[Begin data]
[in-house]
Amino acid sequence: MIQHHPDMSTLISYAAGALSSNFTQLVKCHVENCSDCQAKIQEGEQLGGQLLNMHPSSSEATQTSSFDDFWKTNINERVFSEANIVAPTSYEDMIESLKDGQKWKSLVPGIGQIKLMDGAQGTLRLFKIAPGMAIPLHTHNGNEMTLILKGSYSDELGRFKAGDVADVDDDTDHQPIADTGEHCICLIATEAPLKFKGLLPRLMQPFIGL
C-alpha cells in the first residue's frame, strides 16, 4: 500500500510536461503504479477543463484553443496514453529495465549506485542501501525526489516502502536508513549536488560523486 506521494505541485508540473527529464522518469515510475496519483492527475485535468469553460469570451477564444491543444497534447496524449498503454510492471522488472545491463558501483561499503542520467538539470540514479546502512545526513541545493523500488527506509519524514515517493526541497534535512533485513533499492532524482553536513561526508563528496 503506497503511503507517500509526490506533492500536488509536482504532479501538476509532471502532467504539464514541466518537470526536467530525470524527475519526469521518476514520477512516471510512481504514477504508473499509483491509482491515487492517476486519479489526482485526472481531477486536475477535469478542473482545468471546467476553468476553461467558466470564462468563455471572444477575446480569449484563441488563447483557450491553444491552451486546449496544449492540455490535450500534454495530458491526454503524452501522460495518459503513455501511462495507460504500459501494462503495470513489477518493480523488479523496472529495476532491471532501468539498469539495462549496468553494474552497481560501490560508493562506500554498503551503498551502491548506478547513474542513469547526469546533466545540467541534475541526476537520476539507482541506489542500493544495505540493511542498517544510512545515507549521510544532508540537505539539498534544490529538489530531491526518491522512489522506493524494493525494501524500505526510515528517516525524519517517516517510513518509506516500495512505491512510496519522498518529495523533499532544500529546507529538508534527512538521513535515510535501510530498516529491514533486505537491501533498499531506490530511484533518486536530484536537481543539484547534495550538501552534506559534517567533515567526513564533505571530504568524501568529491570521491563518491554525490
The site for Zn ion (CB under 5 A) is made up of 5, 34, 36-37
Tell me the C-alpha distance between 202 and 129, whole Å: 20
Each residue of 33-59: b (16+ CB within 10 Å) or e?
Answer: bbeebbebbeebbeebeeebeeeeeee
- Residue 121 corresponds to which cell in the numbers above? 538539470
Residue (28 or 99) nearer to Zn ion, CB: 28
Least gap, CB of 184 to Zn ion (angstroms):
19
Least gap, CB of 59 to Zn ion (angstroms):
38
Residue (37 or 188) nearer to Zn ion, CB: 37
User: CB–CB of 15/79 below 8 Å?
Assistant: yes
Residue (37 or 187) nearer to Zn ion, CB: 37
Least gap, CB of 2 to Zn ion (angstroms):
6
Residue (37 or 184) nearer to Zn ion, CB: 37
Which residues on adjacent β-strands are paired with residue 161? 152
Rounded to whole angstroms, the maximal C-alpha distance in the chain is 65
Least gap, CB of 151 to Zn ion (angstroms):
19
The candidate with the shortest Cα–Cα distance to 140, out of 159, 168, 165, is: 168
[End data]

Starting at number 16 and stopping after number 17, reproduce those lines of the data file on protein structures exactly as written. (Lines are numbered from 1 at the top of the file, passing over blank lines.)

Assistant: yes
Residue (37 or 187) nearer to Zn ion, CB: 37